The DNA Advantage at Apple and Google

Last Updated Mar 14, 2008 8:52 AM EDT

What makes Apple and Google such dominant competitors?

It's baked into their DNA, says innovation expert Umair Haque. According to Haque, here is where their genetic instructions match up:

  • Focus on mission. "Goople" is out to change the world for the better; nothing less.
  • Commitment to excellence. Trade-off and sell-out isn't in either company's lexicon. You'll never see an advertisement on Google's home page.
  • Radical innovation and value creation in decaying industries. For Apple, think iPod, iPhone, MacBook Air -- all innovations in commodity markets.
Many companies possess bits and pieces of these attributes, but Apple and Google are born of it. The result: Extreme Competitive Advantage. Says Haque:
The key components of DNA Google and Apple share let them overthrow yesterday's stale approaches to strategy and advantage, and pursue entirely new ones with a vengeance. Goople does exactly the opposite of what orthodox strategy counsels: it makes peace where there was war, conquers through love instead of hate, listens to instead of shouts at consumers, perhaps most critically, takes huge risks to make the world better instead of avoiding risk to make it worse.
It's an interesting, provocative, unflinchingly pro-Goople post on Harvard Business that invites readers to evaluate the strategies of these companies on both a core product level and as participants in the edge economy.

Here's what I think. The DNA of these companies is not as important as the DNA of the founders. We saw what happened when Steve Jobs got marched out of Apple; the company came close to shuttering. What would happen to Google if Sergey and Larry decided to move on to the Next Big Thing?

Many companies survive the loss of their creators. William Hewlett and David Packard were able to instill the "HP Way" into the fabric of the organization -- a DNA transfer of sorts -- that guided strategic and cultural decisions long after their hands left the controls. But Apple is much more an autocracy than HP, with the Spirit of Steve seemingly behind every major strategic decision the company makes.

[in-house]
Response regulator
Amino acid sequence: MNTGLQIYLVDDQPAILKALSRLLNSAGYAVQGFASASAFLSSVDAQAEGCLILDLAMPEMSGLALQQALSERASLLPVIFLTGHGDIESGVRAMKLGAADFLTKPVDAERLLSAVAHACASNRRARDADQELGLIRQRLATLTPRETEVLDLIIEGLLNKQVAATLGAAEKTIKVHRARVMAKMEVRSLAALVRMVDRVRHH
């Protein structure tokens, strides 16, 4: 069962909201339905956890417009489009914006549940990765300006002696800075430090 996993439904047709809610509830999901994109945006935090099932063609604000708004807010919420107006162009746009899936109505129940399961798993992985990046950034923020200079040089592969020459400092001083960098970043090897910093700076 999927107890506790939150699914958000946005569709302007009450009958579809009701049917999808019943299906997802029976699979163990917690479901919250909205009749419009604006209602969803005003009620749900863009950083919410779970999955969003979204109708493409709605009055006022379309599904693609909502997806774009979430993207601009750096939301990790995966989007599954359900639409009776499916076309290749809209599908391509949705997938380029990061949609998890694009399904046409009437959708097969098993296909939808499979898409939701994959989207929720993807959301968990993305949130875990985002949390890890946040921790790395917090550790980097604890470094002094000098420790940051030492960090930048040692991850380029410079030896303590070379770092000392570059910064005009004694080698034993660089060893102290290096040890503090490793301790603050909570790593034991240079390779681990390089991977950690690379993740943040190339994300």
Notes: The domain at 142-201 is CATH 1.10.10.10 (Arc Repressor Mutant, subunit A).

Can Apple and Google continue their successful runs as they have after the founders depart? Will organizational DNA carry them through?

  • Sean Silverthorne

    Sean Silverthorne is the editor of HBS Working Knowledge, which provides a first look at the research and ideas of Harvard Business School faculty. Working Knowledge, which won a Webby award in 2007, currently records 4 million unique visitors a year. He has been with HBS since 2001.

    Silverthorne has 28 years experience in print and online journalism. Before arriving at HBS, he was a senior editor at CNET and executive editor of ZDNET News. While at At Ziff-Davis, Silverthorne also worked on the daily technology TV show The Site, and was a senior editor at PC Week Inside, which chronicled the business of the technology industry. He has held several reporting and editing roles on a variety of newspapers, and was Investor Business Daily's first journalist based in Silicon Valley.